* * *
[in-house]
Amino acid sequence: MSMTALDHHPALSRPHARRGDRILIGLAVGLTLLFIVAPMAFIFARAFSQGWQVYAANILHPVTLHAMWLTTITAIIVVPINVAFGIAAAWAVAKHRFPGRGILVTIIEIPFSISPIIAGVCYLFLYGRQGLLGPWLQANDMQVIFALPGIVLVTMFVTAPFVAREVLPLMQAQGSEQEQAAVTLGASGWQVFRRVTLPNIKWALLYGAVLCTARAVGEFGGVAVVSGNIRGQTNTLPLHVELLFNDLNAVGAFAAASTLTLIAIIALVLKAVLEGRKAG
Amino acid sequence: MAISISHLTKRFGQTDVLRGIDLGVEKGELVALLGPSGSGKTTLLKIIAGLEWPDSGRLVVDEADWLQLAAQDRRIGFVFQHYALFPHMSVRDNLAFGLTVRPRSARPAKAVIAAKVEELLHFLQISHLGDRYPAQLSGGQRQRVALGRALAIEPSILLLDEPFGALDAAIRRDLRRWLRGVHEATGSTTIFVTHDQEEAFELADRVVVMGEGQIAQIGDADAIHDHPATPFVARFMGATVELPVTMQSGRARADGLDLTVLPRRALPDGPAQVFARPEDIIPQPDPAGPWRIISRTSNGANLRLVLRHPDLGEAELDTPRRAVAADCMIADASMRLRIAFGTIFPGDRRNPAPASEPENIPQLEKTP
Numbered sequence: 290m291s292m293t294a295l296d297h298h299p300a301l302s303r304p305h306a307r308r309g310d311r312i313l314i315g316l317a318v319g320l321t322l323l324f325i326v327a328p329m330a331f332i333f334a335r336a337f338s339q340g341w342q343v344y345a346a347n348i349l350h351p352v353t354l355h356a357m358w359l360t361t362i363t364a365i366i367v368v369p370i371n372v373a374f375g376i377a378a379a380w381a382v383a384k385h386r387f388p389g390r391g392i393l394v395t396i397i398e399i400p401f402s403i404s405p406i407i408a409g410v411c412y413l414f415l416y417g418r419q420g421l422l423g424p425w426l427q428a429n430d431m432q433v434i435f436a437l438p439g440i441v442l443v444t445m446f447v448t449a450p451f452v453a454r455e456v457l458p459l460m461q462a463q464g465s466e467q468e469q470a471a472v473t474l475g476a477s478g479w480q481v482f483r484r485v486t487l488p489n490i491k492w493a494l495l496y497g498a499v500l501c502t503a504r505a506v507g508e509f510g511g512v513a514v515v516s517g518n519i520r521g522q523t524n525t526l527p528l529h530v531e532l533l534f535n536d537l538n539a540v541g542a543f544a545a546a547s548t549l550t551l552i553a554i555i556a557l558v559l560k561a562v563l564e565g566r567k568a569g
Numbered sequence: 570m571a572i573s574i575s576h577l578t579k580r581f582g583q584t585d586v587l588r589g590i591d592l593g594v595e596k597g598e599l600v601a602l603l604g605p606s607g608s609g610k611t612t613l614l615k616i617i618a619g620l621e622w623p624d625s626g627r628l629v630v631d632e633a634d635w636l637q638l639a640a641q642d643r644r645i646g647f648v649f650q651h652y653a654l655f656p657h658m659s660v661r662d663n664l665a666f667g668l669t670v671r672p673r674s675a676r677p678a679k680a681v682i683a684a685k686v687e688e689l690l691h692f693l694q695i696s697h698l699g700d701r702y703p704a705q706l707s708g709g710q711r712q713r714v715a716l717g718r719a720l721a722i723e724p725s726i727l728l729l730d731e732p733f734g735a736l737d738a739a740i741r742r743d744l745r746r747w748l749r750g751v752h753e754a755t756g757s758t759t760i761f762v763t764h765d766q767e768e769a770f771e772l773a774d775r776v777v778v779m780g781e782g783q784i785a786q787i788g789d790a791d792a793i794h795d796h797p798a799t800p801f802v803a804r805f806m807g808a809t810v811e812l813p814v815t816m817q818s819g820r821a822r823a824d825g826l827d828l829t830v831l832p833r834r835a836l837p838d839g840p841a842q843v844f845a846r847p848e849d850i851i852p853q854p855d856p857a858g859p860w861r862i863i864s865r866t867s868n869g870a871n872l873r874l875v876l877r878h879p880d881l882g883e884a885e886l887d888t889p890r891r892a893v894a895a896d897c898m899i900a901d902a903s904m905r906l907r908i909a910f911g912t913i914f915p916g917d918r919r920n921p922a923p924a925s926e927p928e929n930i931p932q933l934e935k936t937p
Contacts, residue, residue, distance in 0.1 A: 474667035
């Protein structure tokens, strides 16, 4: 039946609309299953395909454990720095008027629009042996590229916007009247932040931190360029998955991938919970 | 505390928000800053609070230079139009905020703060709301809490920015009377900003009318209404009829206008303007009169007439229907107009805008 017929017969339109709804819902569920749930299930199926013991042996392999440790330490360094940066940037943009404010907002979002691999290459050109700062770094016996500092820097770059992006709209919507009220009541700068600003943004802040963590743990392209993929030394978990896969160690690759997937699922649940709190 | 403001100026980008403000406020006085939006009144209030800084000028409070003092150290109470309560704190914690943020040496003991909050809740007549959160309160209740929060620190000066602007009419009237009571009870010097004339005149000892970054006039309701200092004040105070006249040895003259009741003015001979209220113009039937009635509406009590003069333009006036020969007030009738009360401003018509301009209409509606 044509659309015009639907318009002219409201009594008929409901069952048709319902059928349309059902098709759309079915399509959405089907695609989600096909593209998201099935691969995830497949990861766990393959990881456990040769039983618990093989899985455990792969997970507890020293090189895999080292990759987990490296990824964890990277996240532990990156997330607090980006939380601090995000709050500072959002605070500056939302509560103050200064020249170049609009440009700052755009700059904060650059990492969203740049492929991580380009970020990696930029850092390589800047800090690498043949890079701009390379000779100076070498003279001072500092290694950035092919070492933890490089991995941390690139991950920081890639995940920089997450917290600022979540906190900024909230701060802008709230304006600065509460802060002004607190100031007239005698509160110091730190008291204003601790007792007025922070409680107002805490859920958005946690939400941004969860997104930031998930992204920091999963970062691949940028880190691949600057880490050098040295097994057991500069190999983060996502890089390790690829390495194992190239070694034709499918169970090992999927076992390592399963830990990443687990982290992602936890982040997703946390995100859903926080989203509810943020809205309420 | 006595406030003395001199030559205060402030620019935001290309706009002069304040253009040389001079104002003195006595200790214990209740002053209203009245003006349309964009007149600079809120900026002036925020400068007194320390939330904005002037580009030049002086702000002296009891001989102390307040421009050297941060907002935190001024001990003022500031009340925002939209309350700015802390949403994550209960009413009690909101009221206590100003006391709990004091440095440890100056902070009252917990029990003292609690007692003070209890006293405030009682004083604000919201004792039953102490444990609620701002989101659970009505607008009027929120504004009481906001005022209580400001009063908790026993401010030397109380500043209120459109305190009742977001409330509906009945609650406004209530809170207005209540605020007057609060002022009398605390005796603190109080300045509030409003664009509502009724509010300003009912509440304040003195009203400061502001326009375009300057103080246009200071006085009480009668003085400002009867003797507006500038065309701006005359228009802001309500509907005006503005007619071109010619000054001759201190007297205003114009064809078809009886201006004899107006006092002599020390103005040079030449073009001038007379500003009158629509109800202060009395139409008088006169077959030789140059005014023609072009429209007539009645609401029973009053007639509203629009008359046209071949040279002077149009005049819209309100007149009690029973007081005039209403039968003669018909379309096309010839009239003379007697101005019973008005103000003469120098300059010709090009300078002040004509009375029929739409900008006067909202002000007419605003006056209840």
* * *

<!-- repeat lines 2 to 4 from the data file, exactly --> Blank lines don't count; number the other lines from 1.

Amino acid sequence: MSMTALDHHPALSRPHARRGDRILIGLAVGLTLLFIVAPMAFIFARAFSQGWQVYAANILHPVTLHAMWLTTITAIIVVPINVAFGIAAAWAVAKHRFPGRGILVTIIEIPFSISPIIAGVCYLFLYGRQGLLGPWLQANDMQVIFALPGIVLVTMFVTAPFVAREVLPLMQAQGSEQEQAAVTLGASGWQVFRRVTLPNIKWALLYGAVLCTARAVGEFGGVAVVSGNIRGQTNTLPLHVELLFNDLNAVGAFAAASTLTLIAIIALVLKAVLEGRKAG
Amino acid sequence: MAISISHLTKRFGQTDVLRGIDLGVEKGELVALLGPSGSGKTTLLKIIAGLEWPDSGRLVVDEADWLQLAAQDRRIGFVFQHYALFPHMSVRDNLAFGLTVRPRSARPAKAVIAAKVEELLHFLQISHLGDRYPAQLSGGQRQRVALGRALAIEPSILLLDEPFGALDAAIRRDLRRWLRGVHEATGSTTIFVTHDQEEAFELADRVVVMGEGQIAQIGDADAIHDHPATPFVARFMGATVELPVTMQSGRARADGLDLTVLPRRALPDGPAQVFARPEDIIPQPDPAGPWRIISRTSNGANLRLVLRHPDLGEAELDTPRRAVAADCMIADASMRLRIAFGTIFPGDRRNPAPASEPENIPQLEKTP
Numbered sequence: 290m291s292m293t294a295l296d297h298h299p300a301l302s303r304p305h306a307r308r309g310d311r312i313l314i315g316l317a318v319g320l321t322l323l324f325i326v327a328p329m330a331f332i333f334a335r336a337f338s339q340g341w342q343v344y345a346a347n348i349l350h351p352v353t354l355h356a357m358w359l360t361t362i363t364a365i366i367v368v369p370i371n372v373a374f375g376i377a378a379a380w381a382v383a384k385h386r387f388p389g390r391g392i393l394v395t396i397i398e399i400p401f402s403i404s405p406i407i408a409g410v411c412y413l414f415l416y417g418r419q420g421l422l423g424p425w426l427q428a429n430d431m432q433v434i435f436a437l438p439g440i441v442l443v444t445m446f447v448t449a450p451f452v453a454r455e456v457l458p459l460m461q462a463q464g465s466e467q468e469q470a471a472v473t474l475g476a477s478g479w480q481v482f483r484r485v486t487l488p489n490i491k492w493a494l495l496y497g498a499v500l501c502t503a504r505a506v507g508e509f510g511g512v513a514v515v516s517g518n519i520r521g522q523t524n525t526l527p528l529h530v531e532l533l534f535n536d537l538n539a540v541g542a543f544a545a546a547s548t549l550t551l552i553a554i555i556a557l558v559l560k561a562v563l564e565g566r567k568a569g